Opening Song: "Open, Shut Them"
Story: Rrralph by Lois Ehlert
Ralph has a special skill: he can talk! Throughout the story, the narrator asks Ralph questions; Ralph replies with words like "bark," "wolf," and "rough"--all words that sound like common dog sounds. Some of the kids may have been too young to get the word play joke, but the whole audience enjoyed imitating each of Ralph's sounds.
Fingerplay: "Two Little Puppy Dogs"
Two Little Puppy Dogs
Two little puppy dogs, lying in a heap.
extend two fingers
Soft and wooly and fast asleep.
Along came a pussycat creeping near,
extend finger on other hand
"Meow, meow," she cried in their ears.
Two little puppy dogs after one cat;
have two fingers chase one finger
Have you ever played tag like that?
After Dog reads the story of Puss in Boots, he decides that he wants shoes for himself. The shoe salesman gives him plenty of options, but no pair of shoes is equally good for all Dog's needs: digging, swimming, scratching, running... When the shoe salesman suggests Dog already has the perfect shoes--his paws--Dog realizes he has all the footwear he needs. The language in this book doesn't roll off the tongue quite as easily as in others, but the children seem to enjoy the story.
Story: Pete the Cat: Rocking in My School Shoes by Eric Litwin
Pete the Cat was a huge hit last year, so I segued into stories with cats by reintroducing Pete to the kiddos. They really enjoyed seeing Pete do all of the school activities that they do when they are at school.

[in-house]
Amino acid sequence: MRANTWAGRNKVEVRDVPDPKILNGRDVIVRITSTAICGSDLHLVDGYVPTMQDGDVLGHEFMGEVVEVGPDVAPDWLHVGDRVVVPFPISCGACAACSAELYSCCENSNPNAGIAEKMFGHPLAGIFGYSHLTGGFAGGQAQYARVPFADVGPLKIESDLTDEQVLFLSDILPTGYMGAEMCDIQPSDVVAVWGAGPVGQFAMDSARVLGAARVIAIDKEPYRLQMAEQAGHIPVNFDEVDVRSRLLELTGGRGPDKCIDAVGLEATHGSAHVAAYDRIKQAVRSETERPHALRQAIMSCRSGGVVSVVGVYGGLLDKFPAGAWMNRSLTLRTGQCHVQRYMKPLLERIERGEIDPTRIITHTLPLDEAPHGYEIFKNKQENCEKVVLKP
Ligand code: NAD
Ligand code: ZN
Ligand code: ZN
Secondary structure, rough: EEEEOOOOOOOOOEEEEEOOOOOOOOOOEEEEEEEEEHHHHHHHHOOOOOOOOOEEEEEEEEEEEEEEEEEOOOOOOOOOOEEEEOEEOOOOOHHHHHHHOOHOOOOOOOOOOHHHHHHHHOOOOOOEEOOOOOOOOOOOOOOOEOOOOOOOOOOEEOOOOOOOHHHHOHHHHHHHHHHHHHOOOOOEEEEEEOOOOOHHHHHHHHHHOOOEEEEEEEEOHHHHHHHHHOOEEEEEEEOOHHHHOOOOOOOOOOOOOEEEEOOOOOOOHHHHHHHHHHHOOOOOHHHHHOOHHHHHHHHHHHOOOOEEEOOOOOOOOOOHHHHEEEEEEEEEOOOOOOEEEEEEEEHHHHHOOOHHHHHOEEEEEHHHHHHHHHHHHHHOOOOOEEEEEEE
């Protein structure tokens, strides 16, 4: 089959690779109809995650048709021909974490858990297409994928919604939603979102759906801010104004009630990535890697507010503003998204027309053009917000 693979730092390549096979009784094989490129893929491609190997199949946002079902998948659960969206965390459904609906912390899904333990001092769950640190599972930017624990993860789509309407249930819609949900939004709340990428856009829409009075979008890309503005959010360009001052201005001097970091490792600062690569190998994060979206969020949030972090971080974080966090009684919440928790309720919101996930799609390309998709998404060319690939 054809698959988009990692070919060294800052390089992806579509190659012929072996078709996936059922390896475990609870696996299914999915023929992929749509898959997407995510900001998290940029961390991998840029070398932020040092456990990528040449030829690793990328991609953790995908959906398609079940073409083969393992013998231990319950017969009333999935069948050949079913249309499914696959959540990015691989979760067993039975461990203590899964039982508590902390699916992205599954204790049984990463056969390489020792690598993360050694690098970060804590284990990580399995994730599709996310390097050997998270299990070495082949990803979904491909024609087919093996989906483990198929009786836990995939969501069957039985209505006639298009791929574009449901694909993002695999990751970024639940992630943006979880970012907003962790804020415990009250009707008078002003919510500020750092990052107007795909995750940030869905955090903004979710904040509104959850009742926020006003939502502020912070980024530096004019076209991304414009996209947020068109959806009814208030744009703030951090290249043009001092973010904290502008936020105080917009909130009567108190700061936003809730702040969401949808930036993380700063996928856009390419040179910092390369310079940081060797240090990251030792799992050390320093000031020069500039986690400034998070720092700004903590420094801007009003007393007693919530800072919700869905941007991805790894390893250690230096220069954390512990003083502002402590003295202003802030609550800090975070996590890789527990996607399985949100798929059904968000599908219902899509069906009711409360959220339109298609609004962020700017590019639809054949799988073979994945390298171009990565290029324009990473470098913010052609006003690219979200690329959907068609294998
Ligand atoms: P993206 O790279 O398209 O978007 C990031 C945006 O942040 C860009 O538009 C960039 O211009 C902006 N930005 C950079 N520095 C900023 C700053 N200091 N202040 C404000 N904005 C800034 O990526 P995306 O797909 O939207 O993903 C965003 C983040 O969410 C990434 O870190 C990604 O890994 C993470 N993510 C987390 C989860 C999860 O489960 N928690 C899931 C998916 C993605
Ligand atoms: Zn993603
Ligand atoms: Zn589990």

Fingerplay: "Two Little Kitties"
Five Little Kitties
Five little kitties in a row
extend five fingers
They nod their heads to the children so.
bend fingers toward audience
They run to the left, they run to the right;
move hand in each direction
They stand up straight to reach the sunlight
One little puppy, he's in for some fun;
raise a finger on the other hand
"MEOW!" See those kitties run!
have dog chase cats
Story: Pete the Cat and His Four Groovy Buttons by Eric Litwin
This is my favorite Pete the Cat story, primarily for the great message--buttons come and buttons go!--as well as the fantastic song. Whenever I've shared this book, kids get really into the rhythm of it. It's great to support basic math skills, too.
Klassen's I Want My Hat Back, with its open-endedness and dark humor, was one of my favorite books of 2011, so I was anxiously awaiting the release of This Is Not My Hat. If it's possible, I like this second title even more. It opens with a small fish confessing to having stolen a larger fish's hat; he knows stealing is wrong, but he wants it, so he has a plan to escape to a patch of seaweeds. As the small fish narrates, the illustrations often negate what he says: for example, when the small fish says the large fish he stole from probably won't notice his hat is missing, we see the large fish looking up to where his hat should be. The resolution is again darkly funny yet open-ended--let me know what ending you think happens.
Song: "If You're Happy and You Know It" + ukulele
I have managed to master this song on my ukulele--well, "master" might be a strong word. At any rate, I accompanied our usual story time closing song with my ukulele, introducing the kiddos to the instrument and inviting them to say its name. We adapted the actions in the song to fit our story time theme: we sang verses of "If you're happy and you know it, be a dog" (with lots of barking) as well as "...be a cat" and "...be a fish." We ended the whole song with "If you're happy and you know it, wave goodbye," which perfectly signaled the end of our story time. I got lots of enthusiastic comments about the ukulele, and I will absolutely be working to learning more songs to share at my outreach visits.